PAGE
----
Now, we'll go over the most significant advancement in military science: night vision technology. In an impenetrable night, technology enabled us to see and thus act productively. We will attempt to provide the most comprehensive, final, and comprehensive guide to using the most ergonomic and convenient device for identifying objects in the dark - night vision goggles.
How do night vision goggles function?
Before delving into the various types of night vision equipment and night-vision goggles as one of the most convenient and practical devices, let us first understand the theoretical aspect. What exactly is night vision, and how does it work?
Scotopic vision refers to the ability to see objects in the dark. It is the interaction of physiological and neurological processes in the human body that allows us to distinguish objects in low light. This is visible in the retina and the pupil's reaction, which can be seen from the side.
At the same time, there is a change in pupil diameter, which allows our body to regulate the amount of incoming light flux and adapt vision to different conditions. You can feel it even if you turn on bright lights in a dark room. If you are experiencing some discomfort as a result of this, you can be certain that your eyes and brain are rushing to switch to another mode of perception of visible information.
Cats readily demonstrate visual demonstration. The pupil dilates when there is a lack of light, allowing more light to pass through. This is unnecessary in good lighting, and the pupil narrows. True, our eyes are not as sensitive as cats', so at dusk, we cannot compete even with such domestic and fluffy predators.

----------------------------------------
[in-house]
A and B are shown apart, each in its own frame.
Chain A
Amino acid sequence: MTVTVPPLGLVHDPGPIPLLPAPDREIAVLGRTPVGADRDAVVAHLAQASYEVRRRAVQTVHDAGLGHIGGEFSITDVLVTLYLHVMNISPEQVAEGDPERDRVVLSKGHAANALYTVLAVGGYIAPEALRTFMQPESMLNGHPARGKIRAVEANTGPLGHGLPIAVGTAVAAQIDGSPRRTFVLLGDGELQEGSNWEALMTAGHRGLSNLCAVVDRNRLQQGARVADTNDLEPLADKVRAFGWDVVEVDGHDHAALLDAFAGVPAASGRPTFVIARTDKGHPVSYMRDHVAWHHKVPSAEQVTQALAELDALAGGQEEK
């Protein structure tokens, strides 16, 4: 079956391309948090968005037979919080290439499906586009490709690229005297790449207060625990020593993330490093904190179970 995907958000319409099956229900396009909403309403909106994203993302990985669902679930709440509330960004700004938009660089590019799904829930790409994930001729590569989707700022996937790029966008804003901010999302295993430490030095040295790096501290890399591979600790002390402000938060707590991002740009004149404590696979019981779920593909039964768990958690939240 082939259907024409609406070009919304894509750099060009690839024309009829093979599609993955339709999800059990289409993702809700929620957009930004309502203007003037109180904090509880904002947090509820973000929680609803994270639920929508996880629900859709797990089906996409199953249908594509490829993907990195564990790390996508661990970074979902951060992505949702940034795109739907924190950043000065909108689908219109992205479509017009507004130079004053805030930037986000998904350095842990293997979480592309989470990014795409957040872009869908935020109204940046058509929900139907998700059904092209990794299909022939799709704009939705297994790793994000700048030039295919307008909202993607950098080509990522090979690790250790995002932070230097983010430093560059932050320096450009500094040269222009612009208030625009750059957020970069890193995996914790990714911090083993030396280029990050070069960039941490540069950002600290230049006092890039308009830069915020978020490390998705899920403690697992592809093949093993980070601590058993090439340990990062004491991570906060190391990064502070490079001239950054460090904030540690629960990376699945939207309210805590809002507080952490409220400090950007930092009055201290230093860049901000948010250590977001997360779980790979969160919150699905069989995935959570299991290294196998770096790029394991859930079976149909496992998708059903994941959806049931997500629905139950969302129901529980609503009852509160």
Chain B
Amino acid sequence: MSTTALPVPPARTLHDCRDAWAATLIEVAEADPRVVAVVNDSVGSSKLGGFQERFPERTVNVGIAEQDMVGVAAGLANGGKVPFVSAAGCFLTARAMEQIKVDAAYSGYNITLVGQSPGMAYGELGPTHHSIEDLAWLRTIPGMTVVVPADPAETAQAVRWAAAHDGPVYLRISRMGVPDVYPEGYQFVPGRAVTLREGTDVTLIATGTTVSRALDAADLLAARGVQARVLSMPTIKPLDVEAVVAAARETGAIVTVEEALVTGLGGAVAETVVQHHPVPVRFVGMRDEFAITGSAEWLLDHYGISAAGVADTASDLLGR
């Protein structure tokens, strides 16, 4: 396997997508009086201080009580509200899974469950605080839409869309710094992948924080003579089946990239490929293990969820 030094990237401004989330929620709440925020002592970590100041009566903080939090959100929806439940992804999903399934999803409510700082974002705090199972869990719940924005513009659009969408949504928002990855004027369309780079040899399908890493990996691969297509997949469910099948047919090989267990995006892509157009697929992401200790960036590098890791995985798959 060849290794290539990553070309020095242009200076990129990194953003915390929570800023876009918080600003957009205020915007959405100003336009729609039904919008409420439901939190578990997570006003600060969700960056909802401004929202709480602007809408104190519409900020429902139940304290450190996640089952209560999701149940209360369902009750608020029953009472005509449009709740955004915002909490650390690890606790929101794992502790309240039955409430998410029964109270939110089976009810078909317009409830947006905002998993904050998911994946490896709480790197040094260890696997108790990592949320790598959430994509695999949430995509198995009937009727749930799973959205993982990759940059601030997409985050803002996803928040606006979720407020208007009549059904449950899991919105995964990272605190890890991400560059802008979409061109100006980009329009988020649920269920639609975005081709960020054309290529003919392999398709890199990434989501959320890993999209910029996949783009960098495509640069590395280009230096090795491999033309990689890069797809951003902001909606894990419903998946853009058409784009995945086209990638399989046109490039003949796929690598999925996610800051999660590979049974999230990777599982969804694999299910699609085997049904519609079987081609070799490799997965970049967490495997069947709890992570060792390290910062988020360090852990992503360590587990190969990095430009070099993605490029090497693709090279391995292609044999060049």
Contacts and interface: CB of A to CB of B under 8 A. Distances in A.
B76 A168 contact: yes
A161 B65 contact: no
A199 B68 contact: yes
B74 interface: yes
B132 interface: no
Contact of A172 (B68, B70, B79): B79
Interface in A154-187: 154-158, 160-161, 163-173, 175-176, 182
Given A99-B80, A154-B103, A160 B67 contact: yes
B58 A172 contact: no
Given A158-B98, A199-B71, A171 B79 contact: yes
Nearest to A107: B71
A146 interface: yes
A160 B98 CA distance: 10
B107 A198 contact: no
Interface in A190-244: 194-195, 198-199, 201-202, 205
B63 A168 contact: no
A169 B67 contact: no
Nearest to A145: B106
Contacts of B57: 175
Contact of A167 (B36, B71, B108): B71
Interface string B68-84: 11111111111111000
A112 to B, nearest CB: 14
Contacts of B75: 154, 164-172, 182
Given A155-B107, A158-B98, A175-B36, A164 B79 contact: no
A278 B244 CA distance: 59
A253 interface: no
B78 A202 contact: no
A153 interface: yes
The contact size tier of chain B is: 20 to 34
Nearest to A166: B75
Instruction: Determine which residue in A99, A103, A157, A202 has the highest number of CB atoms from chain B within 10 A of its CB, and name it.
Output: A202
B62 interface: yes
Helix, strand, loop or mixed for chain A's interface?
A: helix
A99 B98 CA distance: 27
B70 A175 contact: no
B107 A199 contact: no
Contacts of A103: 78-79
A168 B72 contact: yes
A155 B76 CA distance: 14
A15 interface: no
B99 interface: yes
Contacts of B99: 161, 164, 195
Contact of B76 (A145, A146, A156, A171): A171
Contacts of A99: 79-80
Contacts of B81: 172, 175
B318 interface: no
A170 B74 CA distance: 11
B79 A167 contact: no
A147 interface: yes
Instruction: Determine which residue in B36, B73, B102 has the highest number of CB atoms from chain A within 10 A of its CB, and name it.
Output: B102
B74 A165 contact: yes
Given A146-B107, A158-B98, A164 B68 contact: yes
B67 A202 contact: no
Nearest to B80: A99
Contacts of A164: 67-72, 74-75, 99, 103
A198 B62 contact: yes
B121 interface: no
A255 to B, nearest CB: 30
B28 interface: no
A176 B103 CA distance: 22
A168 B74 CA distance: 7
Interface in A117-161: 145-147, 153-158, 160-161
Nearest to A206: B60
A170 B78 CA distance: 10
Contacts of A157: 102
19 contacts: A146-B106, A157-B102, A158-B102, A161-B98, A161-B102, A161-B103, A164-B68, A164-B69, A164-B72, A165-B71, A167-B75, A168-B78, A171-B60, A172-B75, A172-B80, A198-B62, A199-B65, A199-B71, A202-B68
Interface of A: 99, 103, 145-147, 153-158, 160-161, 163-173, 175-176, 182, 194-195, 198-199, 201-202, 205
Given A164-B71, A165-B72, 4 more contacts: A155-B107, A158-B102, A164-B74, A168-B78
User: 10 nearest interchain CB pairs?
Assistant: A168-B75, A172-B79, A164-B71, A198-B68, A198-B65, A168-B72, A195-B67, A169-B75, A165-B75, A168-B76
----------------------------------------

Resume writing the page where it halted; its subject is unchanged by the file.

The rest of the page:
And it's not just about the students' abilities. We have rod-shaped and cone-shaped cells that process light signals. In fact, these cells are shaped like cones and rods and are responsible for registering received signals — cones - designed for fine detail, color, and bright light perception. They lose these abilities when it gets dark.
However, rods are only good at peripheral vision perception and are much more sensitive to light photons. Without them, switching off the light would result in a total blackout. However, color perception is their kryptonite, so night landscapes usually appear monochrome to us.
Because of these facts, we are transitioning from evolutionary leaders to outsiders when it comes to night vision. That is why we find it difficult to navigate in the dark. And, in order to adapt even slightly to such conditions, our eyes must become accustomed to darkness, which will take some time. What size is it? You should feel better in five to eight minutes. And an additional forty minutes to maximize the adaptation effect. Medical research, such as "Webvision: The Organization of the Retina and Visual System," backs this up.